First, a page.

Sunday, April 06, 2008

Two Small Steps For Mankind? ... For One Weekend, Classical WETA-FM Finally Programs Symphonic Works By Mahler, Bruckner, Sibelius, And Shostakovich

The reactionary managers of "Greater Washington's" public Classical WETA-FM must have lost a significant battle with WETA President and CEO Sharon Percy Rockefeller and the WETA Board of Directors. This weekend -- its "Symphony Weekend" -- the so-called "public radio station" for the Nation's Capital has programmed Bruckner's Symphony #5, Mahler's Symphony #4, Sibelius's Symphony #7, and Shostakovich's Symphony #5 -- works banned from the public radio station for the past year.

[During its first weeks starting in late January 2007 after WETA-FM abandonned its all-news experiment and following the takeover of Classical-WETA by refugee managers, announcers, and critics from junior WETA-FM/WGMS-FM merger partner WGMS, some brave announcer did program both a Bruckner Symphony and an Alan Hovhaness Symphony. That individual was probably fired by the incoming reactionary WGMS manager for programming a non-WGMS computer tested work of classical music. By the next few weeks, Frederick the Great of Prussia was firmly enthroned at the newly-branded Classical WETA/WGMS-FM for Greater Washington.]

Classical WETA/WGMS-FM -- with the National Symphony Orchestra and taxpayer money -- has promised a couple of hours of American classical music for Wednesday, July 2, 2008, at 9 PM.

American classical painter Sean Scully (born in Ireland)
Wall of Light
A Recent Gift to The Phillips Collection, Washington, D.C.


Sean Scully on why he makes art


American painter Sean Scully Wall of Light Paintings at the Metropolitan Museum of Art, the Phillips Collection, and the Fort Worth Museum of Fine Arts (and other American classical art museums).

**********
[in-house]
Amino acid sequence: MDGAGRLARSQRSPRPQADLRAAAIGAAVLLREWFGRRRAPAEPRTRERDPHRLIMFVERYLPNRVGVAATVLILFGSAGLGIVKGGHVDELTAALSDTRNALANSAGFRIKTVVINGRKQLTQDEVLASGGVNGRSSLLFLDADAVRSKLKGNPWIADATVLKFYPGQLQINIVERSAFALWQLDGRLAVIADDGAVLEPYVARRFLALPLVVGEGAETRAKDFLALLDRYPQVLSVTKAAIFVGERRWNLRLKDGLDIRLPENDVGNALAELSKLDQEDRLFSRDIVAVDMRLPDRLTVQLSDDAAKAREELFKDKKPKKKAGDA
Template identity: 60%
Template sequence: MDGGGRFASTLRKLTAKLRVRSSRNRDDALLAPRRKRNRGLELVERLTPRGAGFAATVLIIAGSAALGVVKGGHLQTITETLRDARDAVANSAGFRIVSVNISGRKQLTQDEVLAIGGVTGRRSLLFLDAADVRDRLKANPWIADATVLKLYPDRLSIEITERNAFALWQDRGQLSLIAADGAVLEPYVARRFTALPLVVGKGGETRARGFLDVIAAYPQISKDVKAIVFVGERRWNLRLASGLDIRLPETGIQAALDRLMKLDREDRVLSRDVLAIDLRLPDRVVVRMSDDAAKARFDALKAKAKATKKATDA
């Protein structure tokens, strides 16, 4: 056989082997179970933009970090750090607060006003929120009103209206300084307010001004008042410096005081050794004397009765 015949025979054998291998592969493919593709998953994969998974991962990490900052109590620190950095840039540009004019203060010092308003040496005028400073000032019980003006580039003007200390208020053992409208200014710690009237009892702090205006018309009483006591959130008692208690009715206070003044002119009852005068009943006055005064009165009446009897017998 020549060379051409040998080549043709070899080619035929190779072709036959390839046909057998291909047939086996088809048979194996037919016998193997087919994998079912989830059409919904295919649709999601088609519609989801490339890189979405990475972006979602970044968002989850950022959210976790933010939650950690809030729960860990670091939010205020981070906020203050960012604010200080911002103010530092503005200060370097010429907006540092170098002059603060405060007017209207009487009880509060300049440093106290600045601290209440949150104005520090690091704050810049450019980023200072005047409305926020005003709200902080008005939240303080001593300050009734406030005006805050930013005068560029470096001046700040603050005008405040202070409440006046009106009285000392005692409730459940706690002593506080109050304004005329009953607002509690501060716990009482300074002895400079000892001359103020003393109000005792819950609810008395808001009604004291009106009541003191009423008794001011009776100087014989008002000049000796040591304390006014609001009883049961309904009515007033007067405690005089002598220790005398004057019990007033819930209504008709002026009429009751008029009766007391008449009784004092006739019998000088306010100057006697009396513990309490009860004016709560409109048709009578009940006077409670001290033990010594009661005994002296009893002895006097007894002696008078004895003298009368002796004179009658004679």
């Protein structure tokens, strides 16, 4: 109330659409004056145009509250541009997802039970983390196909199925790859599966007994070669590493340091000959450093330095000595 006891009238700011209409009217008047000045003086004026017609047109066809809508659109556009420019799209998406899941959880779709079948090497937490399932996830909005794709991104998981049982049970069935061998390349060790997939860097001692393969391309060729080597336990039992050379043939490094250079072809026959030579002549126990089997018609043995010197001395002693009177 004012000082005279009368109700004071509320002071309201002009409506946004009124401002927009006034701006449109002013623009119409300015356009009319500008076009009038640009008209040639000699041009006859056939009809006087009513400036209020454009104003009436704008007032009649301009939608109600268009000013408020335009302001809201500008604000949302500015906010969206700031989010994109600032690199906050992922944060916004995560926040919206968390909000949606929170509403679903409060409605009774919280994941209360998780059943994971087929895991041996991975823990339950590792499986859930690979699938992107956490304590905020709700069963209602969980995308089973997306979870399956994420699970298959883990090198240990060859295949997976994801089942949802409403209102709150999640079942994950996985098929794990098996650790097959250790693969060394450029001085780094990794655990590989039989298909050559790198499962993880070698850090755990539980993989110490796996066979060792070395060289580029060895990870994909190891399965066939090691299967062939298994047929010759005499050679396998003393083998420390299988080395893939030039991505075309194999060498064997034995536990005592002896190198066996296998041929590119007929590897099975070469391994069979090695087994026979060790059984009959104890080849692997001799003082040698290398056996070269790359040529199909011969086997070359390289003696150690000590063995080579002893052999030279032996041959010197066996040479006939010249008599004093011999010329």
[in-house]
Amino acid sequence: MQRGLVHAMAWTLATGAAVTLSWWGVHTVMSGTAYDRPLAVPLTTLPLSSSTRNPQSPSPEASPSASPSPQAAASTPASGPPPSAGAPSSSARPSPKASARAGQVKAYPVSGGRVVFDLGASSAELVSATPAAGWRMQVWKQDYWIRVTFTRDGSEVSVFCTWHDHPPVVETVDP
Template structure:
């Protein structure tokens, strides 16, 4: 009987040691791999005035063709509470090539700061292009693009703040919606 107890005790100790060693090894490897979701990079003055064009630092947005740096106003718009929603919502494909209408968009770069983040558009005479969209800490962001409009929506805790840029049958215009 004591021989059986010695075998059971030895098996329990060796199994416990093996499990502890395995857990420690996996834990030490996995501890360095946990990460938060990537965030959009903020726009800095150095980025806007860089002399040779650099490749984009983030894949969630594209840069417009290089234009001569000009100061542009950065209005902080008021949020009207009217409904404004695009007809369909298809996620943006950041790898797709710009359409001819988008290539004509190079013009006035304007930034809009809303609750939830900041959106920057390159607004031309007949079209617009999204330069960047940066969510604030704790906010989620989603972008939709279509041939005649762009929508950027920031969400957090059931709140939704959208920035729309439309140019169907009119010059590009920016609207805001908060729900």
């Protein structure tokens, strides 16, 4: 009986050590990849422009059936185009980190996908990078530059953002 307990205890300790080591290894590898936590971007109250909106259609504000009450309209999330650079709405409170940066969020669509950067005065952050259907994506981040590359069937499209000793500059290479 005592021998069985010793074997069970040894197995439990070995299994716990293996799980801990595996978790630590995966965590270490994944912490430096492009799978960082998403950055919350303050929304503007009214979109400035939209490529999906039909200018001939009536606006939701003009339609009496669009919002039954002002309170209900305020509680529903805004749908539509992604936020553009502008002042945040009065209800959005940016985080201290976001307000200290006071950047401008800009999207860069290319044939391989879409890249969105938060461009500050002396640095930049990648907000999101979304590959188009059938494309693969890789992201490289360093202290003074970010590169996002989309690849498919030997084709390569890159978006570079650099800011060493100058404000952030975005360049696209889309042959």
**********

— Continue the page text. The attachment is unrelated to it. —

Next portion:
This exhibition features recent work by abstract artist Sean Scully (American, b. Ireland, 1945), specifically his Wall of Light series of paintings, watercolors, pastels, and aquatints. Inspired by the artist's first visits to Mexico in the early 1980s, where he observed the play of light and shadow on ancient stone walls, this ongoing and distinctive body of work focuses on an exploration of abstract forms affected by light, evoking a range of emotional and narrative themes. Paintings from 1998 to the present are constructed with rectangular bricklike forms, closely fitted and arranged in horizontal and vertical groupings as if in a wall, and characterized by broad, gestural brushstrokes, a wide range of luminous colors built up in layers, and varying degrees of overall light and darkness. The core of the exhibition features 30 small-, medium-, and large-scale paintings on canvas, with related watercolors, pastels, and aquatints.

Anne L. Strauss, Associate Curator in the Department of Nineteenth-Century, Modern, and Contemporary Art, has organized the exhibition at the Metropolitan Museum of Art, New York City.

Accompanied by a publication.

The exhibition is made possible by Paula Cussi and Ignacio Garza Medina.

Corporate support is provided by UBS.

"Sean Scully: Wall of Light" was organized by The Phillips Collection, Washington, D.C.

Image credit: (c) Sean Scully via The Phillips Collection. 2008. All rights reserved. With thanks.


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